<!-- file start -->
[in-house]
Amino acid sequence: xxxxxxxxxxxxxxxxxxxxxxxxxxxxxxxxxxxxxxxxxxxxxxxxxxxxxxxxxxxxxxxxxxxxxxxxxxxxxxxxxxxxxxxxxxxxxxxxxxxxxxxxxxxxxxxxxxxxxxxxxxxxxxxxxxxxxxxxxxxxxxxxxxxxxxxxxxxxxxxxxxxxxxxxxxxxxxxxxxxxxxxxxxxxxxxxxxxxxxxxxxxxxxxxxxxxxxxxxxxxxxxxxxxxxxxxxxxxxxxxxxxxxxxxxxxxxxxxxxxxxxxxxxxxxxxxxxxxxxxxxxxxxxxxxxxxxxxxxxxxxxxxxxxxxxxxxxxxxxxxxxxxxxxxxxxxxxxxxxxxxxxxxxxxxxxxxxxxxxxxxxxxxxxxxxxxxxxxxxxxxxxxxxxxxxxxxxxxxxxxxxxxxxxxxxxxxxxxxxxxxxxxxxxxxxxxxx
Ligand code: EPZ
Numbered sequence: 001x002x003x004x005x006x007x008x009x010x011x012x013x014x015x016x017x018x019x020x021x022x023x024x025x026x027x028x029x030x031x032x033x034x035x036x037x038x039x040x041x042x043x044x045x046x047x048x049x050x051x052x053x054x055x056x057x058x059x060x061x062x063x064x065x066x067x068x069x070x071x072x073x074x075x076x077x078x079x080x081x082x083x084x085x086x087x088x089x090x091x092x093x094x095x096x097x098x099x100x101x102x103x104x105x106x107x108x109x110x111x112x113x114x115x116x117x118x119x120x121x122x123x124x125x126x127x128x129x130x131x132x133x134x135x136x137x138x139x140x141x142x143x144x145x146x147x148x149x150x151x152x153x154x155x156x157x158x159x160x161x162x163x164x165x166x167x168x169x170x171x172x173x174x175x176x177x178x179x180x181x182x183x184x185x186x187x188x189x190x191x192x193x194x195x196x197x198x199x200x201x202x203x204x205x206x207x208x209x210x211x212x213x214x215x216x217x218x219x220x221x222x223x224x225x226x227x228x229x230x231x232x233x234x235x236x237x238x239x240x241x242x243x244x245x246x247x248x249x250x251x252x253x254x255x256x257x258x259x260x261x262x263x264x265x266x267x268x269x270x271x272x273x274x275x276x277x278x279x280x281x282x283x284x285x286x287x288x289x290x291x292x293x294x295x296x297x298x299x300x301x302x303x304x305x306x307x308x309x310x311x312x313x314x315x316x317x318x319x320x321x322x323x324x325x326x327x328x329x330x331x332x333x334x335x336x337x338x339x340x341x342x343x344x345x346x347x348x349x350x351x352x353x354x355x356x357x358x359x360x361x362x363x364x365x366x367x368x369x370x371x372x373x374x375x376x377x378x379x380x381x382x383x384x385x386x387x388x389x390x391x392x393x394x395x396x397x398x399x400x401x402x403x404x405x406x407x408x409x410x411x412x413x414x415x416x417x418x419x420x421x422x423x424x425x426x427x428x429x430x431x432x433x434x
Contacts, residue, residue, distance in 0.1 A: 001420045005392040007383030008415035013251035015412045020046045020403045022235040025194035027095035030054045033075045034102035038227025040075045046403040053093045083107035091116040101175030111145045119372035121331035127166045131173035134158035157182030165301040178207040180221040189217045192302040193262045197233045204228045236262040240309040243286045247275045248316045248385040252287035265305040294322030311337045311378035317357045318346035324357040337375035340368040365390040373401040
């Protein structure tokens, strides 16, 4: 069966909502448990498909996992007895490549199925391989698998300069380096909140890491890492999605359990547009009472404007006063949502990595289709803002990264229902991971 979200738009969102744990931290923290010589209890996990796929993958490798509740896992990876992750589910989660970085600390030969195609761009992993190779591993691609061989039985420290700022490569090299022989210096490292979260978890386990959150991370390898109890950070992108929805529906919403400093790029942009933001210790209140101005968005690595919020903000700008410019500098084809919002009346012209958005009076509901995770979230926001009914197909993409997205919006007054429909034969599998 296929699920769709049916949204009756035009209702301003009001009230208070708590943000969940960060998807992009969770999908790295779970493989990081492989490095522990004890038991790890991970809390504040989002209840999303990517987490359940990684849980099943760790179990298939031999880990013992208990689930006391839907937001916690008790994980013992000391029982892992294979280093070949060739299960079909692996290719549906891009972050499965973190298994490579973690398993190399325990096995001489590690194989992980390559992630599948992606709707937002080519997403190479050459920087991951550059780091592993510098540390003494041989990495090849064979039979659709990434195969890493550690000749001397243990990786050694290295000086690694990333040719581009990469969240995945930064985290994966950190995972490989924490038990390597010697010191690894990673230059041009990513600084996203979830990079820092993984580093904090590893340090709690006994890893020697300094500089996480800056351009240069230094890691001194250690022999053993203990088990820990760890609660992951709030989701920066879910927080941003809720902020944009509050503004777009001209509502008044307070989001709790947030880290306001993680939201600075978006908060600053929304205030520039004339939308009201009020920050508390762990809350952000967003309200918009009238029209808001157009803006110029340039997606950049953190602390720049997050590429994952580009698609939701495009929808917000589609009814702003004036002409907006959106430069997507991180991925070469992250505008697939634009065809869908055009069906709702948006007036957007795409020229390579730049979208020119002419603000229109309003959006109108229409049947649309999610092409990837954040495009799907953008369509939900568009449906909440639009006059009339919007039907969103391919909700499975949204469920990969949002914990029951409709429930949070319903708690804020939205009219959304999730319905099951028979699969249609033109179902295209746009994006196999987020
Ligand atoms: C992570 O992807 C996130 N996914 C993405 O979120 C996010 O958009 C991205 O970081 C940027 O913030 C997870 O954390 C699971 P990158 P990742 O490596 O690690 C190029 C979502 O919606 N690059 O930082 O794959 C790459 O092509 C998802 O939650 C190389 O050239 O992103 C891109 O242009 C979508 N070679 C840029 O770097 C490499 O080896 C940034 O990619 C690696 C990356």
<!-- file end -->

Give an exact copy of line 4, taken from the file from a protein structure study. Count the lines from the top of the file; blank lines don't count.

Numbered sequence: 001x002x003x004x005x006x007x008x009x010x011x012x013x014x015x016x017x018x019x020x021x022x023x024x025x026x027x028x029x030x031x032x033x034x035x036x037x038x039x040x041x042x043x044x045x046x047x048x049x050x051x052x053x054x055x056x057x058x059x060x061x062x063x064x065x066x067x068x069x070x071x072x073x074x075x076x077x078x079x080x081x082x083x084x085x086x087x088x089x090x091x092x093x094x095x096x097x098x099x100x101x102x103x104x105x106x107x108x109x110x111x112x113x114x115x116x117x118x119x120x121x122x123x124x125x126x127x128x129x130x131x132x133x134x135x136x137x138x139x140x141x142x143x144x145x146x147x148x149x150x151x152x153x154x155x156x157x158x159x160x161x162x163x164x165x166x167x168x169x170x171x172x173x174x175x176x177x178x179x180x181x182x183x184x185x186x187x188x189x190x191x192x193x194x195x196x197x198x199x200x201x202x203x204x205x206x207x208x209x210x211x212x213x214x215x216x217x218x219x220x221x222x223x224x225x226x227x228x229x230x231x232x233x234x235x236x237x238x239x240x241x242x243x244x245x246x247x248x249x250x251x252x253x254x255x256x257x258x259x260x261x262x263x264x265x266x267x268x269x270x271x272x273x274x275x276x277x278x279x280x281x282x283x284x285x286x287x288x289x290x291x292x293x294x295x296x297x298x299x300x301x302x303x304x305x306x307x308x309x310x311x312x313x314x315x316x317x318x319x320x321x322x323x324x325x326x327x328x329x330x331x332x333x334x335x336x337x338x339x340x341x342x343x344x345x346x347x348x349x350x351x352x353x354x355x356x357x358x359x360x361x362x363x364x365x366x367x368x369x370x371x372x373x374x375x376x377x378x379x380x381x382x383x384x385x386x387x388x389x390x391x392x393x394x395x396x397x398x399x400x401x402x403x404x405x406x407x408x409x410x411x412x413x414x415x416x417x418x419x420x421x422x423x424x425x426x427x428x429x430x431x432x433x434x